Saturday, March 3, 2012

Guns Now Prohibited Again at Oregon Universities, Much To the Dismay of Extremists


For decades, guns were prohibited on the campuses of Oregon's university system.  The policy was widely popular among students and staff and the general public.  But the extremist pro-gun group, Oregon Firearms Federation, in their agenda to put more guns in more hands and more places, brought a lawsuit on behalf of a student.  After years in the courts and many tens of thousands of dollars from O.F.F., the Oregon Appeals Court last year ruled university system policy was preempted by a state statute. 

This extremist group and their pocket politician, Kim Thatcher, unhappy even with that ruling, then started pushing for guns in grade schools.  Their first target was the Newberg School System.  When the gun lobby threatened another costly lawsuit at the cost of student education, the Newberg School District caved into pressure and allowed concealed guns on their campuses, as quietly as possible.

Make no doubt about it:  they won't stop there.  When will extremists target your kid's school?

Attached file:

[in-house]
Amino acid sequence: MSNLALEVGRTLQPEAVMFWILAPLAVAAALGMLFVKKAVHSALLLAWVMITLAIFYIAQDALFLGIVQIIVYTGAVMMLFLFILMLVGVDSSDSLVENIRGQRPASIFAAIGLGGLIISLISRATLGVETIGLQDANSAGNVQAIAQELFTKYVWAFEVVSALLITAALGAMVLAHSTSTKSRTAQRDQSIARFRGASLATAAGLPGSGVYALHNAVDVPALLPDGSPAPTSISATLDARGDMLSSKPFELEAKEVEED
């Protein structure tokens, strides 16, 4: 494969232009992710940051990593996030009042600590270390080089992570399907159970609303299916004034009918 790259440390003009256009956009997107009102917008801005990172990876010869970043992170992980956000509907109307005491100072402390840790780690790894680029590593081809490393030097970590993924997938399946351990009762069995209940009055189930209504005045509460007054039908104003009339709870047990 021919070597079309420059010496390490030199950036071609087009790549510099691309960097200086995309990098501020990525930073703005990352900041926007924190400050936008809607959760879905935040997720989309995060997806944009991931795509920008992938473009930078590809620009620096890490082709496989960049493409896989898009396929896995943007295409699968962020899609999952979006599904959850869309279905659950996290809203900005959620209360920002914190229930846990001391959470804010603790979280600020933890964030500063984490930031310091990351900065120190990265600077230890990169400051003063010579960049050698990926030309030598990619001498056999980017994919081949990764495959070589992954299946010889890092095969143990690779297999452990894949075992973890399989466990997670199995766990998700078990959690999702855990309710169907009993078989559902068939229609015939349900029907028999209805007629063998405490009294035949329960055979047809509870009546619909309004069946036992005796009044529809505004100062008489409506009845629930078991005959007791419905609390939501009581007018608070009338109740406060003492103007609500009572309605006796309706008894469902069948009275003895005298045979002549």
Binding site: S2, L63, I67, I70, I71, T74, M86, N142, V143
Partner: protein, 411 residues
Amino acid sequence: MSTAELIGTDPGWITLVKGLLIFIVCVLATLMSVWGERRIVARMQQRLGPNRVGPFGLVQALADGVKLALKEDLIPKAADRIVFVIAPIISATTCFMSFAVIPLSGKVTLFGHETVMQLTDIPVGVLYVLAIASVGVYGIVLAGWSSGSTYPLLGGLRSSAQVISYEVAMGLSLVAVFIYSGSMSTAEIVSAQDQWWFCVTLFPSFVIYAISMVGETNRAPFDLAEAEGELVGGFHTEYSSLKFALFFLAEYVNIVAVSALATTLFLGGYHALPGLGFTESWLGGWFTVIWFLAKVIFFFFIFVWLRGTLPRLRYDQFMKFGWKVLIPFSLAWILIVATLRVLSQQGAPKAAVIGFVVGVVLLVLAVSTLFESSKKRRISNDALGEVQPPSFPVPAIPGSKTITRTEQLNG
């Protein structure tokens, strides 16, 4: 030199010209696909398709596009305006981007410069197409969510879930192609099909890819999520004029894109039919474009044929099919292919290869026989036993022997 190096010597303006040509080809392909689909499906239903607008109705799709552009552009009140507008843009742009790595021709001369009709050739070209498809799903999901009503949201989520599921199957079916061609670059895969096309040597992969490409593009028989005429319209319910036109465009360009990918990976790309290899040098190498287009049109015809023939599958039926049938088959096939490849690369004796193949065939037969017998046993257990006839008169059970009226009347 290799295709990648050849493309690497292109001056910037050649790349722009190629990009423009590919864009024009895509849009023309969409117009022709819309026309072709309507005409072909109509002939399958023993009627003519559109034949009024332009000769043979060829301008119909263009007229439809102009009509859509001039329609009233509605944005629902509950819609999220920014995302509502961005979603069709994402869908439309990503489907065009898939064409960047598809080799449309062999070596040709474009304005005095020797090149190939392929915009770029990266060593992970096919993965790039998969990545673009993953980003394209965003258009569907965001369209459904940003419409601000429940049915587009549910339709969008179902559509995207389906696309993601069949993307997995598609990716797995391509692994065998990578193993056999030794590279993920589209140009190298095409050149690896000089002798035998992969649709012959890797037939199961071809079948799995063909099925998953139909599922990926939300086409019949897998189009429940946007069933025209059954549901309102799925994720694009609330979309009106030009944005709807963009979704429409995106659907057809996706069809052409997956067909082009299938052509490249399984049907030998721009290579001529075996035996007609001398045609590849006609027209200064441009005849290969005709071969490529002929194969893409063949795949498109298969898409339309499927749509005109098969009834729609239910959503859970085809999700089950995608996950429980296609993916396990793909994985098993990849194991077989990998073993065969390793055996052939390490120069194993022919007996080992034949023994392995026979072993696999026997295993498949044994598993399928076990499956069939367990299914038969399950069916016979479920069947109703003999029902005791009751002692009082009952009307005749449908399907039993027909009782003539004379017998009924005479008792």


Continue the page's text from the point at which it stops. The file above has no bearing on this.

Only an extremist would want guns where our children study and congregate.  It's not enough that Oregon gun extremists from O.F.F. have written bills to arm felons, reduce background checks, destroy background check records, and allow concealed weapons permits for drug addicts; now they want armed people with hidden weapons around our youth -- people who can get their permits without ever having to fire a single bullet in training, who didn't need to have even a minute of training in crisis management, and who may have wanted a gun for questionable purposes (one purpose, often stated by these guys, is to "protect" other people as if they were the police).  Despite what the gun lobbies want you to think, people with concealed handguns do have accidents and do commit gun crimes, even murders.

HERE is a recent example of a conceal carry permit holder, a janitor at a Connecticut elementary school, who took off his gun belt while working in the school and accidentally left it there, in full reach of children, and left the building.  Luckily, a teacher found the loaded gun before children could get hold of it.

HERE is another recent example, from here in Oregon, where a school security guard accidentally left his loaded gun somewhere on his route, patrolling Salem's 14 schools.  He thought it might have been at a shopping mall, but there was no way to know for sure, and the school system had to call all 6000 parents.  As far as I know, it was never found.

As I pointed out in yesterday's post, O.F.F.'s lawsuit only succeeded in one thing:  bringing out into the open the extremism of the gun lobby.  Now the public knows how far they will go to put more guns in more hands and in more places, no matter what the consequences.